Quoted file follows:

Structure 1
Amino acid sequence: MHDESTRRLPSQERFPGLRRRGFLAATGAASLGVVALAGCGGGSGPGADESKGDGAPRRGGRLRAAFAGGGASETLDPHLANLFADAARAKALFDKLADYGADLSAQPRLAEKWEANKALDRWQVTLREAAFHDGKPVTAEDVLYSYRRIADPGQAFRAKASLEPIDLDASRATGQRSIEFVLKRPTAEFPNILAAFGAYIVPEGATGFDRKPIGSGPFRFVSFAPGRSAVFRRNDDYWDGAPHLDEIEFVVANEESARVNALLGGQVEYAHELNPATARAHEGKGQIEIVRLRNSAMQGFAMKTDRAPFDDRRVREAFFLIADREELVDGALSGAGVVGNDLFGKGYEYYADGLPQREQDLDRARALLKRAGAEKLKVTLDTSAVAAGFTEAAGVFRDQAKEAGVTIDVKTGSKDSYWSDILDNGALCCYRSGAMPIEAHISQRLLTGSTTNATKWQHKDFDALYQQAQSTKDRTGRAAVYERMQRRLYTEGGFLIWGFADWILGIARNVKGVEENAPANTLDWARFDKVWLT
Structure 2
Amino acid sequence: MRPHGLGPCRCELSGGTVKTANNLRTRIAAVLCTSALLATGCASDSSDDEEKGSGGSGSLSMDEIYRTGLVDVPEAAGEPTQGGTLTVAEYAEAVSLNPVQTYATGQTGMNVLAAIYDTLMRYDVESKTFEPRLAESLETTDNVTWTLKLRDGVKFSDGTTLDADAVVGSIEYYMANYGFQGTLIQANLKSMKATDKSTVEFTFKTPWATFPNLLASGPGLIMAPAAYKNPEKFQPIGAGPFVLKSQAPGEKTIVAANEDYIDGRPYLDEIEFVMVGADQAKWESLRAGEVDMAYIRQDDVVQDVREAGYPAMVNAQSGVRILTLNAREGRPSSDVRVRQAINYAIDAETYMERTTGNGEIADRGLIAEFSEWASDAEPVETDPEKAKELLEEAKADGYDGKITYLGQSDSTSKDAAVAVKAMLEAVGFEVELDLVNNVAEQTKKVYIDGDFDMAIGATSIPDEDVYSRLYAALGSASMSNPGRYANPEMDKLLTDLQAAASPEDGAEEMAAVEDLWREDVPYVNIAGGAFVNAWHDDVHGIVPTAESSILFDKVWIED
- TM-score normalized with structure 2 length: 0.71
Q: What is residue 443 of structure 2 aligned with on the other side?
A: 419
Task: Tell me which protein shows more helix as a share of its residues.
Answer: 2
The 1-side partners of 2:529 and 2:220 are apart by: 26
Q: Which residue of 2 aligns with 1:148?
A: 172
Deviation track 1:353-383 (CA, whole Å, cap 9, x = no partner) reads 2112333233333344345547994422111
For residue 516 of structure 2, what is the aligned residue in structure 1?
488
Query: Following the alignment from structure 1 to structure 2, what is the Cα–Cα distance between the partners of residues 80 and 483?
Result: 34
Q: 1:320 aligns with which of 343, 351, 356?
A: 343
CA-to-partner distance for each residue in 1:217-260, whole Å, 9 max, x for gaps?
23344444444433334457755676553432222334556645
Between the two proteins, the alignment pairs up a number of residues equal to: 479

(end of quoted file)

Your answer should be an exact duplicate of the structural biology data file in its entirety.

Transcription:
Structure 1
Amino acid sequence: MHDESTRRLPSQERFPGLRRRGFLAATGAASLGVVALAGCGGGSGPGADESKGDGAPRRGGRLRAAFAGGGASETLDPHLANLFADAARAKALFDKLADYGADLSAQPRLAEKWEANKALDRWQVTLREAAFHDGKPVTAEDVLYSYRRIADPGQAFRAKASLEPIDLDASRATGQRSIEFVLKRPTAEFPNILAAFGAYIVPEGATGFDRKPIGSGPFRFVSFAPGRSAVFRRNDDYWDGAPHLDEIEFVVANEESARVNALLGGQVEYAHELNPATARAHEGKGQIEIVRLRNSAMQGFAMKTDRAPFDDRRVREAFFLIADREELVDGALSGAGVVGNDLFGKGYEYYADGLPQREQDLDRARALLKRAGAEKLKVTLDTSAVAAGFTEAAGVFRDQAKEAGVTIDVKTGSKDSYWSDILDNGALCCYRSGAMPIEAHISQRLLTGSTTNATKWQHKDFDALYQQAQSTKDRTGRAAVYERMQRRLYTEGGFLIWGFADWILGIARNVKGVEENAPANTLDWARFDKVWLT
Structure 2
Amino acid sequence: MRPHGLGPCRCELSGGTVKTANNLRTRIAAVLCTSALLATGCASDSSDDEEKGSGGSGSLSMDEIYRTGLVDVPEAAGEPTQGGTLTVAEYAEAVSLNPVQTYATGQTGMNVLAAIYDTLMRYDVESKTFEPRLAESLETTDNVTWTLKLRDGVKFSDGTTLDADAVVGSIEYYMANYGFQGTLIQANLKSMKATDKSTVEFTFKTPWATFPNLLASGPGLIMAPAAYKNPEKFQPIGAGPFVLKSQAPGEKTIVAANEDYIDGRPYLDEIEFVMVGADQAKWESLRAGEVDMAYIRQDDVVQDVREAGYPAMVNAQSGVRILTLNAREGRPSSDVRVRQAINYAIDAETYMERTTGNGEIADRGLIAEFSEWASDAEPVETDPEKAKELLEEAKADGYDGKITYLGQSDSTSKDAAVAVKAMLEAVGFEVELDLVNNVAEQTKKVYIDGDFDMAIGATSIPDEDVYSRLYAALGSASMSNPGRYANPEMDKLLTDLQAAASPEDGAEEMAAVEDLWREDVPYVNIAGGAFVNAWHDDVHGIVPTAESSILFDKVWIED
- TM-score normalized with structure 2 length: 0.71
Q: What is residue 443 of structure 2 aligned with on the other side?
A: 419
Task: Tell me which protein shows more helix as a share of its residues.
Answer: 2
The 1-side partners of 2:529 and 2:220 are apart by: 26
Q: Which residue of 2 aligns with 1:148?
A: 172
Deviation track 1:353-383 (CA, whole Å, cap 9, x = no partner) reads 2112333233333344345547994422111
For residue 516 of structure 2, what is the aligned residue in structure 1?
488
Query: Following the alignment from structure 1 to structure 2, what is the Cα–Cα distance between the partners of residues 80 and 483?
Result: 34
Q: 1:320 aligns with which of 343, 351, 356?
A: 343
CA-to-partner distance for each residue in 1:217-260, whole Å, 9 max, x for gaps?
23344444444433334457755676553432222334556645
Between the two proteins, the alignment pairs up a number of residues equal to: 479